A vital element in keeping the peace is our military establishment. Our arms must be mighty, ready for instant action, so that no potential aggressor may be tempted to risk his own destruction.

Our military organization today bears little relation to that known by any of my predecessors in peacetime, or indeed by the fighting men of World War II or Korea.

Until the latest of our world conflicts, the United States had no armaments industry. American makers of plowshares could, with time and as required, make swords as well. But now we can no longer risk emergency improvisation of national defense; we have been compelled to create a permanent armaments industry of vast proportions. Added to this, three and a half million men and women are directly engaged in the defense establishment. We annually spend on military security more than the net income of all United States corporations.

This conjunction of an immense military establishment and a large arms industry is new in the American experience. The total influence -- economic, political, even spiritual -- is felt in every city, every State house, every office of the Federal government. We recognize the imperative need for this development. Yet we must not fail to comprehend its grave implications. Our toil, resources and livelihood are all involved; so is the very structure of our society.

In the councils of government, we must guard against the acquisition of unwarranted influence, whether sought or unsought, by the military-industrial complex. The potential for the disastrous rise of misplaced power exists and will persist.

We must never let the weight of this combination endanger our liberties or democratic processes. We should take nothing for granted. Only an alert and knowledgeable citizenry can compel the proper meshing of the huge industrial and military machinery of defense with our peaceful methods and goals, so that security and liberty may prosper together.

Akin to, and largely responsible for the sweeping changes in our industrial-military posture, has been the technological revolution during recent decades.

In this revolution, research has become central; it also becomes more formalized, complex, and costly. A steadily increasing share is conducted for, by, or at the direction of, the Federal government.

Today, the solitary inventor, tinkering in his shop, has been overshadowed by task forces of scientists in laboratories and testing fields. In the same fashion, the free university, historically the fountainhead of free ideas and scientific discovery, has experienced a revolution in the conduct of research. Partly because of the huge costs involved, a government contract becomes virtually a substitute for intellectual curiosity. For every old blackboard there are now hundreds of new electronic computers.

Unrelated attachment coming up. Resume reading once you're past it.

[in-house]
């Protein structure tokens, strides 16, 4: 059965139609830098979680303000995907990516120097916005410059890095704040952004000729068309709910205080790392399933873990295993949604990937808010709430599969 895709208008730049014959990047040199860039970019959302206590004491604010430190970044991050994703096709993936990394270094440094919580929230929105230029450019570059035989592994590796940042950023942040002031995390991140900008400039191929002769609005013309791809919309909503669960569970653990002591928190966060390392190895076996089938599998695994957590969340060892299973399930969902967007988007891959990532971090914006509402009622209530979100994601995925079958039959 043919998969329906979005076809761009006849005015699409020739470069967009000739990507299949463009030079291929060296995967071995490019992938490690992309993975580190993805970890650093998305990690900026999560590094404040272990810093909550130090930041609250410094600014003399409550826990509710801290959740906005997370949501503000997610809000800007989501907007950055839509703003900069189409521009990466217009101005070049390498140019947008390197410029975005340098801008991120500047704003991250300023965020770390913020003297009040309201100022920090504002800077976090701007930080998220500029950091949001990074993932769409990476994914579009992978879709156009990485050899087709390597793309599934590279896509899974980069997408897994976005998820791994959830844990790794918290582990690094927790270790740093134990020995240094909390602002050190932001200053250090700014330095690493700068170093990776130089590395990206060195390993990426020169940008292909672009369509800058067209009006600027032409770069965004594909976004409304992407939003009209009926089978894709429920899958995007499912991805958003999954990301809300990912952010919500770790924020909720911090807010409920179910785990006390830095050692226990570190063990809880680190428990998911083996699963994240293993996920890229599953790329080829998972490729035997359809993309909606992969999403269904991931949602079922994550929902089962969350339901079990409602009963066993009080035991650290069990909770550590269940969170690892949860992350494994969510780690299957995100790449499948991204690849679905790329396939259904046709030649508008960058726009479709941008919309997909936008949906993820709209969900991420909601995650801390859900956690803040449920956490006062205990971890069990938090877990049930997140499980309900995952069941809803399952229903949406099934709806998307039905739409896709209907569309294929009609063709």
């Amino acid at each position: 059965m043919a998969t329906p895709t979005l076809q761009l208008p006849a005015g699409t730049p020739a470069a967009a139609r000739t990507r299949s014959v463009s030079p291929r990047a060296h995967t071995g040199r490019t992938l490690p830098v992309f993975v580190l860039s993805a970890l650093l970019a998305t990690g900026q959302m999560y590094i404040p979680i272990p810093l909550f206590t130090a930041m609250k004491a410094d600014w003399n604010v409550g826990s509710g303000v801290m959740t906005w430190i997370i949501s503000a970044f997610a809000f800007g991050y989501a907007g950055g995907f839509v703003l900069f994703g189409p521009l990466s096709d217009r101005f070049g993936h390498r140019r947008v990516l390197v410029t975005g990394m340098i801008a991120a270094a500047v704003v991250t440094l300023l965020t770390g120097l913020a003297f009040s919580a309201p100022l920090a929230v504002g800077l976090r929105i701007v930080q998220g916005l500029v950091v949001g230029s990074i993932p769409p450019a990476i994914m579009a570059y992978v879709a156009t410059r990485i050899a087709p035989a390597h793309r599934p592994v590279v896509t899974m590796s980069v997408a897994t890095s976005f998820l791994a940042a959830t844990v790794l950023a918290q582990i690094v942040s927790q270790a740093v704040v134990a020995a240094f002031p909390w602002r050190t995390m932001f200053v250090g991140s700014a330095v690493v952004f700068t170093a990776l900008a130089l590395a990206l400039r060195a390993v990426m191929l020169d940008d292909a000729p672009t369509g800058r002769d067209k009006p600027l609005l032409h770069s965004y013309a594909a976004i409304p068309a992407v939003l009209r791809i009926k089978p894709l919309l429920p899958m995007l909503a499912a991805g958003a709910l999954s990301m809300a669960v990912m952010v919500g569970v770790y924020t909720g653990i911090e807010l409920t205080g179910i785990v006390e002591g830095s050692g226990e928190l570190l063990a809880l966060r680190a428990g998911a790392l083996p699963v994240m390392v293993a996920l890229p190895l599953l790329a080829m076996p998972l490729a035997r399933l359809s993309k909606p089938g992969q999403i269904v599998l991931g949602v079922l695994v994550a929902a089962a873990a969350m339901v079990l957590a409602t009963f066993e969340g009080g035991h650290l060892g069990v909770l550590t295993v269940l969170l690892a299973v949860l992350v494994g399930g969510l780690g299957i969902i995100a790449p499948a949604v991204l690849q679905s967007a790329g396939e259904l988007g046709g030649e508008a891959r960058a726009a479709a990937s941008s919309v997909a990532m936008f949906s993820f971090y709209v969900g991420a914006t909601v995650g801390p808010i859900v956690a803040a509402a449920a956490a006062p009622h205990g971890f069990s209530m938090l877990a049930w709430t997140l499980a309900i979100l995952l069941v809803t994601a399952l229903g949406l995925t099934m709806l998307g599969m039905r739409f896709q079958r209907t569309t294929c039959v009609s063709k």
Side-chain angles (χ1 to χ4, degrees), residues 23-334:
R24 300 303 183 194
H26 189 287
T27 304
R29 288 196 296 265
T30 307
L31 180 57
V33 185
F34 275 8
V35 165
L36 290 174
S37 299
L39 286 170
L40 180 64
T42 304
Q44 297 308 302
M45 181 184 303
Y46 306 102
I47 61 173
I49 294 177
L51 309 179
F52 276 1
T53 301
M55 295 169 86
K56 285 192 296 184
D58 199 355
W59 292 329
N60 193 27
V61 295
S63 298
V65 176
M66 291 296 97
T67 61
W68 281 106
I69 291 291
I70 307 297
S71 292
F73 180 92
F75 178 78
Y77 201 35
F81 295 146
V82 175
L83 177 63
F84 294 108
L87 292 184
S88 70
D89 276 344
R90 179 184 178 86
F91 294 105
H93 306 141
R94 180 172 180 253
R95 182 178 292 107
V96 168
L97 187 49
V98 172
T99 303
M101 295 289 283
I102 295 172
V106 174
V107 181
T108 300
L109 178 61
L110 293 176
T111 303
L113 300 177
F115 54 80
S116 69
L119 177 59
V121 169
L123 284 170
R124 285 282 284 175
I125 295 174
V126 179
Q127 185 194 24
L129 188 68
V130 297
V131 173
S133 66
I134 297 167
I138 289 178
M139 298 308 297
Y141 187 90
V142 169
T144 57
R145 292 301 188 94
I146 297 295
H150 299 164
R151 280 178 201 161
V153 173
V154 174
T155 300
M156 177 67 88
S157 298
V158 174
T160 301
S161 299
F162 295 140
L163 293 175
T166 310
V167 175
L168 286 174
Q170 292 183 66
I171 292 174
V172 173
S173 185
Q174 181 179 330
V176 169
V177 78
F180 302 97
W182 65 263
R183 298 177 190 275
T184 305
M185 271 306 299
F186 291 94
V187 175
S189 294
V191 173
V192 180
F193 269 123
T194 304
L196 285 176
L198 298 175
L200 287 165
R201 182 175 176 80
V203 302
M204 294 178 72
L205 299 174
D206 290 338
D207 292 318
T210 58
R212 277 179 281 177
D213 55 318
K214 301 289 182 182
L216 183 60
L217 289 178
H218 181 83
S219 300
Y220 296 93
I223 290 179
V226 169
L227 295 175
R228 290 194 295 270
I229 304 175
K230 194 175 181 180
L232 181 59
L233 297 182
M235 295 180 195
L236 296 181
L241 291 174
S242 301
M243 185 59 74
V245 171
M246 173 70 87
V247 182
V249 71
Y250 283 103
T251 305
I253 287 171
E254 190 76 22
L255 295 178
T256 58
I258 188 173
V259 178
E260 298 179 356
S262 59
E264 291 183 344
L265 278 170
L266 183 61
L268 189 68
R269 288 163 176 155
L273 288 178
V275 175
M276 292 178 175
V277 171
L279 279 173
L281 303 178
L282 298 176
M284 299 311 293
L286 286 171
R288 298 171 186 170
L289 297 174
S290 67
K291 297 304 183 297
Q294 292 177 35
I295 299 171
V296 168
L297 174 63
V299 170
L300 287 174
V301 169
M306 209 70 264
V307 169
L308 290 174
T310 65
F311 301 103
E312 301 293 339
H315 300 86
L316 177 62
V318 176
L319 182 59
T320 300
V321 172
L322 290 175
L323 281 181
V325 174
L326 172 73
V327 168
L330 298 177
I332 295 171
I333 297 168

Another factor in maintaining balance involves the element of time. As we peer into society's future, we -- you and I, and our government -- must avoid the impulse to live only for today, plundering, for our own ease and convenience, the precious resources of tomorrow. We cannot mortgage the material assets of our grandchildren without risking the loss also of their political and spiritual heritage. We want democracy to survive for all generations to come, not to become the insolvent phantom of tomorrow.

Down the long lane of the history yet to be written America knows that this world of ours, ever growing smaller, must avoid becoming a community of dreadful fear and hate, and be instead, a proud confederation of mutual trust and respect.

Such a confederation must be one of equals. The weakest must come to the conference table with the same confidence as do we, protected as we are by our moral, economic, and military strength. That table, though scarred by many past frustrations, cannot be abandoned for the certain agony of the battlefield.

Disarmament, with mutual honor and confidence, is a continuing imperative. Together we must learn how to compose differences, not with arms, but with intellect and decent purpose. Because this need is so sharp and apparent I confess that I lay down my official responsibilities in this field with a definite sense of disappointment. As one who has witnessed the horror and the lingering sadness of war -- as one who knows that another war could utterly destroy this civilization which has been so slowly and painfully built over thousands of years -- I wish I could say tonight that a lasting peace is in sight.